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© Paul Sancya / AP file
Joe Biden won enough delegates on Saturday to become the Democratic presidential nominee in November's election against President Donald Trump, NBC News projects.

To win the Democratic Party's presidential nomination on the first ballot at the party's convention, a candidate must receive support from a majority of pledged delegates — at least 1,991 of the total 3,979 pledged delegates available.

Heading into the weekend, Biden had already amassed a projected 1,970 pledged delegates after winning a series of Democratic primaries on June 2. He now has 2,000, according to NBC News.

The presumptive nominee will be officially selected by delegates at the Democratic National Convention, which was postponed amid the coronavirus outbreak and will now be held August 17-20 in Milwaukee, Wisconsin.

"This is a difficult time in America's history. And Donald Trump's angry, divisive politics is no answer," Biden wrote in a Medium post.

"The country is crying out for leadership. Leadership that can unite us. Leadership that can bring us together," he said. "We need an economy that works for everyone — now. We need jobs that bring dignity — now. We need equal justice — and equal opportunities — for every American now. We need a president who cares about helping us heal — now."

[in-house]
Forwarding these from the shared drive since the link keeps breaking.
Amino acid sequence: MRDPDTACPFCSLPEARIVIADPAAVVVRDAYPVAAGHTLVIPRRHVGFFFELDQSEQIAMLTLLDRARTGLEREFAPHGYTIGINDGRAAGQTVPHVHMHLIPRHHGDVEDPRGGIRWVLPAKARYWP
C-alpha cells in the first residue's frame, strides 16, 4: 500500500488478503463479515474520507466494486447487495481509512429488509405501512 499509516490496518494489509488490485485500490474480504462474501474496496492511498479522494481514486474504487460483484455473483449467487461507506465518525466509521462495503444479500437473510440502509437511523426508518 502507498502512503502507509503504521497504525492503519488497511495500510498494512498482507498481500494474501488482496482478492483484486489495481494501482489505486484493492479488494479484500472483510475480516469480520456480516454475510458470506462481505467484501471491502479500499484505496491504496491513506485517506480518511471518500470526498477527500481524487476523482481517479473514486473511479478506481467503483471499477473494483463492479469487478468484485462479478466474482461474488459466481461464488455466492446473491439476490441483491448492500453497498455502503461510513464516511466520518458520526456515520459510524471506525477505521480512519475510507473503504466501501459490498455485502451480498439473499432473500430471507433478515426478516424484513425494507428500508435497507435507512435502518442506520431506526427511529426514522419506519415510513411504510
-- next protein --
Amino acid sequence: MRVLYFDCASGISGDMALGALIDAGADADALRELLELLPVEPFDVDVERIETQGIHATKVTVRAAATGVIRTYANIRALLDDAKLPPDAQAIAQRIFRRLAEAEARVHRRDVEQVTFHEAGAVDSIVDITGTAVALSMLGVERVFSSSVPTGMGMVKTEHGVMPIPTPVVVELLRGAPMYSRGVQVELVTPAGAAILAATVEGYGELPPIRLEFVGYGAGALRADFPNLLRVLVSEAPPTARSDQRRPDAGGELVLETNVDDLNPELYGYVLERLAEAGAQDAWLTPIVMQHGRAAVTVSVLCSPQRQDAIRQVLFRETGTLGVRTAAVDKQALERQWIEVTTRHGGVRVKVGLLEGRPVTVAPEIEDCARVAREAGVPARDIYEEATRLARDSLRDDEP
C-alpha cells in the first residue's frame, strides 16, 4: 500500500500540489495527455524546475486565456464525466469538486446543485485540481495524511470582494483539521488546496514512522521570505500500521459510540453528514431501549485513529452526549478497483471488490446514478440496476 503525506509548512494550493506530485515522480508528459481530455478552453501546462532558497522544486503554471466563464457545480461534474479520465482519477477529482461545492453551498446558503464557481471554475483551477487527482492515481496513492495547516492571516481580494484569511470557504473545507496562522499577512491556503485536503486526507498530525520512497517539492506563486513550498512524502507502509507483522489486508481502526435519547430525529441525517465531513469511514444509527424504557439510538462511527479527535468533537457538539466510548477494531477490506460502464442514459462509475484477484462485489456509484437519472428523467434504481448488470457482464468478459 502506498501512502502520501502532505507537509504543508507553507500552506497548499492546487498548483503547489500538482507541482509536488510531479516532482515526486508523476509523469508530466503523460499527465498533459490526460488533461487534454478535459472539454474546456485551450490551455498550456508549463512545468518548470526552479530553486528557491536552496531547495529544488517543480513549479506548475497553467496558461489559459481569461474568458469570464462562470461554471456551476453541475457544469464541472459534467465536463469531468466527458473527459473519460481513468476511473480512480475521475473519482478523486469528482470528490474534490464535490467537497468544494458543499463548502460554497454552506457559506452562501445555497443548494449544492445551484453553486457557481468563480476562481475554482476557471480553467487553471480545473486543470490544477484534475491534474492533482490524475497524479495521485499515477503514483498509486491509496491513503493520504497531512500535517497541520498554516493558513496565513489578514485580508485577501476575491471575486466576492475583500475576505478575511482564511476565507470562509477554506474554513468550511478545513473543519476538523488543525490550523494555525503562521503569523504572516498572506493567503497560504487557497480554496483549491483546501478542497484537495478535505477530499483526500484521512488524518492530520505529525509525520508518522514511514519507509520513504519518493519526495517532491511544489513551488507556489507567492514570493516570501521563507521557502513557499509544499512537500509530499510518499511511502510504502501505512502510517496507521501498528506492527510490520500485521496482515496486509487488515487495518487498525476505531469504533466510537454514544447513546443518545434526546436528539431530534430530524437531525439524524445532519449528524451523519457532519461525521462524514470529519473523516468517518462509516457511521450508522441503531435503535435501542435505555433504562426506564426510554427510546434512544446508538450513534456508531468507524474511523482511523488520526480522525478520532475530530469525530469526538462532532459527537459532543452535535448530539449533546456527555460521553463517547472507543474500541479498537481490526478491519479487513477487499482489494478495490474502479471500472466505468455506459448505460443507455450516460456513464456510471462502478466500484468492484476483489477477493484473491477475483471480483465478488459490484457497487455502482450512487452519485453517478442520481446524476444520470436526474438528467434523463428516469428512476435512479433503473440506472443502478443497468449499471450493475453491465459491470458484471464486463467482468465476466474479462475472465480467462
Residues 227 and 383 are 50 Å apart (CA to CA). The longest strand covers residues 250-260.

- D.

But by the time voters had a chance to begin making their preferences known in early February, the contest had essentially narrowed to a six-way race between Biden, Warren, Bloomberg, Buttigieg and Sens. Bernie Sanders, I-Vt. and Amy Klobuchar, D-Minn.

The former vice president got off to a rough start, finishing a distant fourth in an Iowa caucus marred by technical glitches and irregularities, and netting an even worse fifth-place finish in the New Hampshire primary. He fared slightly better in the Nevada caucus, coming in second to Sanders — but finishing with less than half the votes earned by the Vermont senator.

He turned his campaign around in South Carolina, where in the state's primary he took nearly half the vote, won every county in the state and crushed Sanders 49 percent to 20 percent, buoyed by exceptionally strong support from black voters.

Within days, both Klobuchar and Buttigieg dropped out of the race and endorsed Biden, setting the stage for a Super Tuesday near-sweep by Biden, who emerged from the big day of primary voting with more delegates than any other candidate.

From there, there was no looking back. Warren dropped out two days after Super Tuesday, while Sanders waited a few weeks but bowed out in early April as stay-at-home orders due to the coronavirus outbreak upended the remaining primary voting nights.

Trump, meanwhile, became the presumptive GOP nominee in March, according to NBC News' Decision Desk, following his projected wins in the Florida and Illinois Republican primaries. Those projected wins put him over the threshold of delegates needed to officially become his party's nominee.